National Aboriginal Day celebrates 'beautiful culture,' should be day off, some say

Tuesday, one day after the summer solstice and one of the longest days of the year, had many people at this year's National Aboriginal Day celebrations in Winnipeg wondering if the day should be a national holiday.

This National Aboriginal Day marks the 20th anniversary of the annual celebration

National Aboriginal Day celebrates 'beautiful culture', should be day off, some say

CBC News: Winnipeg at 6:00

5 years ago
Tuesday is the summer solstice and on the longest day of the year, many people in at this year's celebrations in Winnipeg for National Aboriginal Day are wondering if the day should be a national holiday. 2:07

Tuesday, one day after the summer solstice and one of the longest days of the year, had many people at this year's National Aboriginal Day celebrations in Winnipeg wondering if the day should be a national holiday.

Ray Stevenson was drumming and signing at the City Hall celebration this morning, then made his way to The Forks to drum for the Founding Nations Pow Wow. As a huge crowd gathered under the main canopy, Stevenson said festivities like today acknowledge and celebrate Aboriginal people. He said that's good, but it should be recognized like other statutory holidays with a day off for everyone. 

"Historically we were the first people of Turtle Island. We should be acknowledged, possibly celebrated for that. There's a lot of different holidays out there for a lot of different people. So why wouldn't there be [a national holiday for Aboriginal Day]? I think there should be," said Stevenson.
Ray Stevenson (centre) sings and drums at the Founding Nations Pow Wow at The Forks on National Aboriginal Day. (CBC)

Bridging the gap

Adam Hnybida, who works at the Boys and Girls Club in Point Douglas and went to the event at The Forks to dance, agrees.

"I think it should be celebrated. It's a beautiful culture," he said. Hnybida, who wore custom regalia for the day, spent a lot of time having his picture taken with tourists and visitors. He said it's an opportunity to bridge the culture gap.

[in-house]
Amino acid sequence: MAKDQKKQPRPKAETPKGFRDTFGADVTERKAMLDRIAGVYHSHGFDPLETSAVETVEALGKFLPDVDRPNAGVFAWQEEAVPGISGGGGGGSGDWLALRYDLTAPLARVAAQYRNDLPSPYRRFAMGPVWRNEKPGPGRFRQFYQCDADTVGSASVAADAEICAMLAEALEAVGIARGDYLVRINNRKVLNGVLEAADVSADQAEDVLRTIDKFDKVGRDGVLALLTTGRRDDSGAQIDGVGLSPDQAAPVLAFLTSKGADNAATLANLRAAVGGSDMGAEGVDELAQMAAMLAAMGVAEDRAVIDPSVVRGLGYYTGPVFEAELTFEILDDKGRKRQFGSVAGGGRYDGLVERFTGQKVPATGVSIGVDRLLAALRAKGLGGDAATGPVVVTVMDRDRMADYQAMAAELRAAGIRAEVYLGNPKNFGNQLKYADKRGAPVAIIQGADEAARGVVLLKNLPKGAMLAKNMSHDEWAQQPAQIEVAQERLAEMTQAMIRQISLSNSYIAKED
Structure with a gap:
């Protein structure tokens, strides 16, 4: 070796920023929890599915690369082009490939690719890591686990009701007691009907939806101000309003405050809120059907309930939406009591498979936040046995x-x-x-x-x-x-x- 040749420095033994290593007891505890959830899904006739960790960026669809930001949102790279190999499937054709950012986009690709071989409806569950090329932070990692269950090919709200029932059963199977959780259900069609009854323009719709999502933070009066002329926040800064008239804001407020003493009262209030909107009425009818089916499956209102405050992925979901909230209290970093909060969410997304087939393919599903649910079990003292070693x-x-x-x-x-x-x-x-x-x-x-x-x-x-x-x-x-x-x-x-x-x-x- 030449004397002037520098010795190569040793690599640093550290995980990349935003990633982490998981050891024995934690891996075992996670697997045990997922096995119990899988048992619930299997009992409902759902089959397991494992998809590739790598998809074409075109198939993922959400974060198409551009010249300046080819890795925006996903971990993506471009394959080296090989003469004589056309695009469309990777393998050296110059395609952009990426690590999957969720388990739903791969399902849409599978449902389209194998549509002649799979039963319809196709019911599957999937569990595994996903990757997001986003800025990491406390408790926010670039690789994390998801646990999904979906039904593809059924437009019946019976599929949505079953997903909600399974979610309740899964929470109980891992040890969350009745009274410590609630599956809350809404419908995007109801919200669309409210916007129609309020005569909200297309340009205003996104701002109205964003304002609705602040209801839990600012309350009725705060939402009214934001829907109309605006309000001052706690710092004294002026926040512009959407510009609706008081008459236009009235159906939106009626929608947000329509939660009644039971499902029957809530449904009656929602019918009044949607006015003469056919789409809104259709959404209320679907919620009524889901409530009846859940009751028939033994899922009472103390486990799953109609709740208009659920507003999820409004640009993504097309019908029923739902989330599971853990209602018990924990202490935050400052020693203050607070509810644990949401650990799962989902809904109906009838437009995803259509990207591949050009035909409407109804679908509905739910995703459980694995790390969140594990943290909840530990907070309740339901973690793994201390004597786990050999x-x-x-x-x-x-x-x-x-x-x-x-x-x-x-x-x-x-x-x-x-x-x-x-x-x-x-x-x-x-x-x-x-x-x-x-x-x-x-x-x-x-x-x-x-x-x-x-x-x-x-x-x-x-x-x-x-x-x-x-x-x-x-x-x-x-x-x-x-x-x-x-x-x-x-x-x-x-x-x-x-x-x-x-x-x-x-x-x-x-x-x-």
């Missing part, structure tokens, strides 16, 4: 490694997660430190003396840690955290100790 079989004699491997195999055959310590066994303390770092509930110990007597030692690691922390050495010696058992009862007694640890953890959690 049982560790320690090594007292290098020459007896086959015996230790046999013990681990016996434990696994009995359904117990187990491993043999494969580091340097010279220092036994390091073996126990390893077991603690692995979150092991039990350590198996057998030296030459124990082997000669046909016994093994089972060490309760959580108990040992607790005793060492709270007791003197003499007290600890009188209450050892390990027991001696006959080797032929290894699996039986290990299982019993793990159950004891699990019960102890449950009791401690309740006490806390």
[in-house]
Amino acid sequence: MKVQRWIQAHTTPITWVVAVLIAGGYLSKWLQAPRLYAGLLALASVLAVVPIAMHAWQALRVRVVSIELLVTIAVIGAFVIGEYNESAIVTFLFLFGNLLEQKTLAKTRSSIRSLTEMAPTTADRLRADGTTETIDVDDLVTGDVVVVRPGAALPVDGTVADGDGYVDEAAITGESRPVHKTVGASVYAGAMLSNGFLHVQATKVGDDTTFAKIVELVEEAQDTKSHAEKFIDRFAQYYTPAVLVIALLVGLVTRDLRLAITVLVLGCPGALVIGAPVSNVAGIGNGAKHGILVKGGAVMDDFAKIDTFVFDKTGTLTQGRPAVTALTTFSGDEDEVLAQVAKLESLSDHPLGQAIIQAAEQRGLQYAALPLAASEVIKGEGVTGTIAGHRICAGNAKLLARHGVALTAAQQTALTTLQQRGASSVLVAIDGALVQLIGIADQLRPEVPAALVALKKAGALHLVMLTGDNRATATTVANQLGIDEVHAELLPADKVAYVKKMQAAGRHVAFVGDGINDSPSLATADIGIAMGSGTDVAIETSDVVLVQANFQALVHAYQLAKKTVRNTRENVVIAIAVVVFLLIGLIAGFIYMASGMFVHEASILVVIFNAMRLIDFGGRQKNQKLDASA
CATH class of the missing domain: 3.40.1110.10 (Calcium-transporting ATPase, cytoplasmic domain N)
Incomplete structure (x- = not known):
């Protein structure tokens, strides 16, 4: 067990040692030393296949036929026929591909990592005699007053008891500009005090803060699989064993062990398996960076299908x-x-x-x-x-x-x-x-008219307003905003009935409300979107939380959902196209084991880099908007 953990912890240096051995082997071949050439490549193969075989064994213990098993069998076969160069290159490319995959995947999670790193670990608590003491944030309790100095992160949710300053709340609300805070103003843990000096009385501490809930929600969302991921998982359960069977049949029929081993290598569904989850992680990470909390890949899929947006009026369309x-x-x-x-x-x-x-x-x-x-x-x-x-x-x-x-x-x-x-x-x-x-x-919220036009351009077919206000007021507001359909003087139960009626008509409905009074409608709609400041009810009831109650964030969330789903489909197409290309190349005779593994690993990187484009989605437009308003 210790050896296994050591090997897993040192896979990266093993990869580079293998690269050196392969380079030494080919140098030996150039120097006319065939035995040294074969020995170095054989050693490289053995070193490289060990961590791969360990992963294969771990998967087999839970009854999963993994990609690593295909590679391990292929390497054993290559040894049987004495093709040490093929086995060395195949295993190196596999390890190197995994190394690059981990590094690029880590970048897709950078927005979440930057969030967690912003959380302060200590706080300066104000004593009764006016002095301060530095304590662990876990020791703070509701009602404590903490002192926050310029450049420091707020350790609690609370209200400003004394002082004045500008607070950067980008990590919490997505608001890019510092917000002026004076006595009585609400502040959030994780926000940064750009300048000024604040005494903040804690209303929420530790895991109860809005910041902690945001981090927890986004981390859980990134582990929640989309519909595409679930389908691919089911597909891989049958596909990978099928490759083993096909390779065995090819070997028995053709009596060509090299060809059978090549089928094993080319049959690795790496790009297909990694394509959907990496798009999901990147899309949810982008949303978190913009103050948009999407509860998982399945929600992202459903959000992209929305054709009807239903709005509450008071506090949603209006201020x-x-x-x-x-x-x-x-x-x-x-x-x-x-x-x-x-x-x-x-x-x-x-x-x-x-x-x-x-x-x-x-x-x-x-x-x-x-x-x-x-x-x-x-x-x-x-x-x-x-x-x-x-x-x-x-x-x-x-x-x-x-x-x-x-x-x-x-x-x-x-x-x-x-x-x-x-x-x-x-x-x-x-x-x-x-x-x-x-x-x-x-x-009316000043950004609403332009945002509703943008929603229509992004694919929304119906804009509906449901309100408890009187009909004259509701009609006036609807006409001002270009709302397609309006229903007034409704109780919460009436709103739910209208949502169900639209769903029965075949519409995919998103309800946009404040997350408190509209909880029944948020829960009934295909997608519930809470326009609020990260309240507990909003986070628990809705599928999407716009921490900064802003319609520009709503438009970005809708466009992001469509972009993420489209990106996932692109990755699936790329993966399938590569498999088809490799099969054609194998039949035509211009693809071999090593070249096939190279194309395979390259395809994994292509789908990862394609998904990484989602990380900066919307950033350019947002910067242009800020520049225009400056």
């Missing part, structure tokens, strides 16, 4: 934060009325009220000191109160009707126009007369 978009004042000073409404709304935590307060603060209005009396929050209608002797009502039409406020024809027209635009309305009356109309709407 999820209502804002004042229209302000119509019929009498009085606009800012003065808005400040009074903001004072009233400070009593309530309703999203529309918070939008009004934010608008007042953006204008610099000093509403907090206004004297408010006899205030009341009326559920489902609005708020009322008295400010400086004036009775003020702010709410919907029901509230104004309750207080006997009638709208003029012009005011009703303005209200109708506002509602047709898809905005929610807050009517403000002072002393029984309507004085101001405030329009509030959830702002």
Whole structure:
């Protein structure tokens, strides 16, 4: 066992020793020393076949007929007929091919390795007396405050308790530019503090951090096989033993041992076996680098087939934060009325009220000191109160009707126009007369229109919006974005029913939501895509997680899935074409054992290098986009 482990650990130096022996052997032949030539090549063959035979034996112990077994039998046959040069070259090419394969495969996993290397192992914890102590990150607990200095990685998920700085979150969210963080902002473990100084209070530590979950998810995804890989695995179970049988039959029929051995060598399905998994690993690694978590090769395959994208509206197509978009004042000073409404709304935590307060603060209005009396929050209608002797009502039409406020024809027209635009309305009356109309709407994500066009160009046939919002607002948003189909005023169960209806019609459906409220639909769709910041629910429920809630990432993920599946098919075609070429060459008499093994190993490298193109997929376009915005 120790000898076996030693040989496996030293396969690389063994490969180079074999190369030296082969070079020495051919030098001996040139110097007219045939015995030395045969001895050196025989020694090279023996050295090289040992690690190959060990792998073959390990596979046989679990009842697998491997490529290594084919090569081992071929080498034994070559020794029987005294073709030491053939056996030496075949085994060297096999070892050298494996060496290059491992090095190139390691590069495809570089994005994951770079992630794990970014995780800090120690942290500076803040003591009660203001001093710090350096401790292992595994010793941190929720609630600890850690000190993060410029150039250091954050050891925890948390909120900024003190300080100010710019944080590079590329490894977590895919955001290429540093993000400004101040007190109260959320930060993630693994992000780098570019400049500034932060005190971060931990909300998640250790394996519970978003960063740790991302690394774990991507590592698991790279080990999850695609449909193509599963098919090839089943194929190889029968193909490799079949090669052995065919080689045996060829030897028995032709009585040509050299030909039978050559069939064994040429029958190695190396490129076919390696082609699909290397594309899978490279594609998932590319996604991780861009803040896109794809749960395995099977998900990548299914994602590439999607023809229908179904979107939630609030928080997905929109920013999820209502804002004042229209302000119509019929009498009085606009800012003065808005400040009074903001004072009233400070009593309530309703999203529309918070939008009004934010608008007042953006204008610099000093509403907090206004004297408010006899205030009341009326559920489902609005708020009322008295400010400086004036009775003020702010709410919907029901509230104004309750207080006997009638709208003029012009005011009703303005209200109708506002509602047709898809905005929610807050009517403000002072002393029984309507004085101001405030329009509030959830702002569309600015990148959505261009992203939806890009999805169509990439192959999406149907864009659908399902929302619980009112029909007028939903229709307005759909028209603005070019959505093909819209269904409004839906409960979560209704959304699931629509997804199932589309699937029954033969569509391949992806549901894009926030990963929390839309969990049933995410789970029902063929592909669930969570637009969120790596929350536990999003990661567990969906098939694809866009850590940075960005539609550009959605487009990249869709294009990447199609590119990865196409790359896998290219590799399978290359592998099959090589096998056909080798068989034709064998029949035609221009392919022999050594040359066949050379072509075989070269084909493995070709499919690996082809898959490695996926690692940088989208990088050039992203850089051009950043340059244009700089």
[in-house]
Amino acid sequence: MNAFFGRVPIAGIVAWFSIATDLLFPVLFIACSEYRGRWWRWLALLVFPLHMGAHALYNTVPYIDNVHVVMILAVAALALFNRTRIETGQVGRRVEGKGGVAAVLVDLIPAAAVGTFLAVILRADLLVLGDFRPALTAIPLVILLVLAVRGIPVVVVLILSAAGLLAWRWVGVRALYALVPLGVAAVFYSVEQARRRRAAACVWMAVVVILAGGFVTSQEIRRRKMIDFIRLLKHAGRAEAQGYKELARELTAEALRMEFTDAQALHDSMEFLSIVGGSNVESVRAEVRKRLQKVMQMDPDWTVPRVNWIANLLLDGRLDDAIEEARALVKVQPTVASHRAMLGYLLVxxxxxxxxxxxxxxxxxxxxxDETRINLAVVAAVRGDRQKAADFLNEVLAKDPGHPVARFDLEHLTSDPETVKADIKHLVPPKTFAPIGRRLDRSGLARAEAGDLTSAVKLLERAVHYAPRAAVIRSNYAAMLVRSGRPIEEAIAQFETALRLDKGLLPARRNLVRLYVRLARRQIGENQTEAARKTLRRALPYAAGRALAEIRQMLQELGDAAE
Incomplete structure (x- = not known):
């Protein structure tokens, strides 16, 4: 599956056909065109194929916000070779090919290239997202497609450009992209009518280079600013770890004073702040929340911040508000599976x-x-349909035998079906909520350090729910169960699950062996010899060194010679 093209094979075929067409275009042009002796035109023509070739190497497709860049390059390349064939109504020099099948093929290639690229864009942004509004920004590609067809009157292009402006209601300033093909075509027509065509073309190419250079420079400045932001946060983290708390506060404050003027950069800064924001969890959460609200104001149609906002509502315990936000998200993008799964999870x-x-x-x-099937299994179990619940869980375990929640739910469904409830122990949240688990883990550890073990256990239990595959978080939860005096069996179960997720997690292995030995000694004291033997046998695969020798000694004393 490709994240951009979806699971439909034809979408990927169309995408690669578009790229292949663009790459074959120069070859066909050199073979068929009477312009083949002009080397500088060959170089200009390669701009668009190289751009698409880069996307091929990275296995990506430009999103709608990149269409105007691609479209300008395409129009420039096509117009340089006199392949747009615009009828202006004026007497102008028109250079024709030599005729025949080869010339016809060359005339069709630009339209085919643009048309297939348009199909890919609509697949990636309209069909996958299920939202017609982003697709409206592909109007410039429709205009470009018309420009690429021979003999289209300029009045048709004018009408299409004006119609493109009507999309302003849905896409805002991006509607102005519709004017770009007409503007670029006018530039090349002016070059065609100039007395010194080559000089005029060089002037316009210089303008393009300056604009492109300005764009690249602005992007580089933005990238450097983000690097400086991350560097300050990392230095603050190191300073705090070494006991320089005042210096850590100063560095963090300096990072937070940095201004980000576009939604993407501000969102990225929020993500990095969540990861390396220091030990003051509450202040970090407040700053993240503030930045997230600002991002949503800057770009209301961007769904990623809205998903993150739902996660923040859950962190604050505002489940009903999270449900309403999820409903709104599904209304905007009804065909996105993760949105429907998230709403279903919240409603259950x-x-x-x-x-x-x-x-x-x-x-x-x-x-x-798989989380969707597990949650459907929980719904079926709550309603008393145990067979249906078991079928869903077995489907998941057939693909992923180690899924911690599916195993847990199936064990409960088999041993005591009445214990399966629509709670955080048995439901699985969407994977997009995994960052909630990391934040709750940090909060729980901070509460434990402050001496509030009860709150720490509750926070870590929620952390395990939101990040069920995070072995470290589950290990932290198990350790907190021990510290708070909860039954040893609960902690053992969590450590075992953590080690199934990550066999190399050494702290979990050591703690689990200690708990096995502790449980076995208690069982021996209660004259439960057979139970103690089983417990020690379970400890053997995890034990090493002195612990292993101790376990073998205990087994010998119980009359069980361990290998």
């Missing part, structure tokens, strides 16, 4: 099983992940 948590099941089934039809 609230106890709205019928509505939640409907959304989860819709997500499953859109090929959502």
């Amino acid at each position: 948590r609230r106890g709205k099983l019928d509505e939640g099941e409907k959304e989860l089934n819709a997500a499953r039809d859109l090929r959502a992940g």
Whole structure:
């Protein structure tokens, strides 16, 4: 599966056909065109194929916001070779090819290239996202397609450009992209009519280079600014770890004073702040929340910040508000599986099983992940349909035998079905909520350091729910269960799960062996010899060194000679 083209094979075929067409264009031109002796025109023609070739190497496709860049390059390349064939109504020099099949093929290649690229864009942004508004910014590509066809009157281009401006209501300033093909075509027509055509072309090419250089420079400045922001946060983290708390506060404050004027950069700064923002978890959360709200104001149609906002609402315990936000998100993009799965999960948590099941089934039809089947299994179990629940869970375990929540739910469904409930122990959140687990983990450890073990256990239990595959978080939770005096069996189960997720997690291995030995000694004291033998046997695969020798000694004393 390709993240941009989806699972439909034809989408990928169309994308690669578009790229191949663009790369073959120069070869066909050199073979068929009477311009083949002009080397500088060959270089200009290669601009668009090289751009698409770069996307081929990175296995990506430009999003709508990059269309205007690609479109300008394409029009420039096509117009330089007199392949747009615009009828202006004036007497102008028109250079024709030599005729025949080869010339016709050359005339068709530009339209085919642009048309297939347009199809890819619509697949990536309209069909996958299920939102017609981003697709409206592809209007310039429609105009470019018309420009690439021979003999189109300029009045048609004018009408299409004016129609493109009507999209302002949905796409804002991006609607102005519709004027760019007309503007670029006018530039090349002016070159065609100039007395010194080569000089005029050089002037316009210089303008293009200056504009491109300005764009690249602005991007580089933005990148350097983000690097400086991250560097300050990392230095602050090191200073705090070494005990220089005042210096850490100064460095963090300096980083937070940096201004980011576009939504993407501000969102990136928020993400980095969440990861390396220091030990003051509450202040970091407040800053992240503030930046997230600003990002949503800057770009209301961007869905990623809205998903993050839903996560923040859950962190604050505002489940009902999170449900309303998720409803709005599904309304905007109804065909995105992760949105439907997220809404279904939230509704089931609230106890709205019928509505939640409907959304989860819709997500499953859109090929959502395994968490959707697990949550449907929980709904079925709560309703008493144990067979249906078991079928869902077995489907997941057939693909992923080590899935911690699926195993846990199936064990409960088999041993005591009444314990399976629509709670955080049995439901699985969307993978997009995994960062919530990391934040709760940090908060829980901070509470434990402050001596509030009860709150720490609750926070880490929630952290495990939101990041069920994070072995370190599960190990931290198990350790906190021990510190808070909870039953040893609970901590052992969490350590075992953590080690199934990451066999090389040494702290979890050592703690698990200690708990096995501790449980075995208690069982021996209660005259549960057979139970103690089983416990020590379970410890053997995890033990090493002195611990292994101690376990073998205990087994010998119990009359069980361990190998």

"It's a good time for everyone to connect and become one large community," said Hnybida.

Earlier in the day the City of Winnipeg erected a tipi in its courtyard and showcased Aboriginal art, dance, and music.

Mayor Brian Bowman along with elder Carolyn Moar planted sage and cedar plants, which are used in traditional medicine wheels, in the east garden.
Winnipeg Mayor Brian Bowman and elder Carolyn Moar plant sage and cedar at City Hall Tuesday morning. (CBC)
Bowman, who declared 2016 the year of reconciliation after Winnipeg was dubbed the most racist city in Canada by Maclean's magazine, says the city has made strides in the past six months. 

"We're not going to finish all our work this year, but what we are trying to do is ... change the tone of the discussion. We're trying to encourage bridge-building within our community." 

Bowman wasn't sure if the Truth and Reconciliation Commission's recommendation to have a national holiday to honour the lives lost and those affected by the legacy of residential schools is something that should coincide with National Aboriginal Day.

Hnybida explained his feelings on that question. 

"Reconciliation is kind of a dark spot, and this is kind of more celebrating our culture. To link that to our culture is a bit tough," said Hnybida.

Hnybida says in the meantime, he'll keep dancing and showcasing his culture.

"Just to spread good medicine, to spread the word."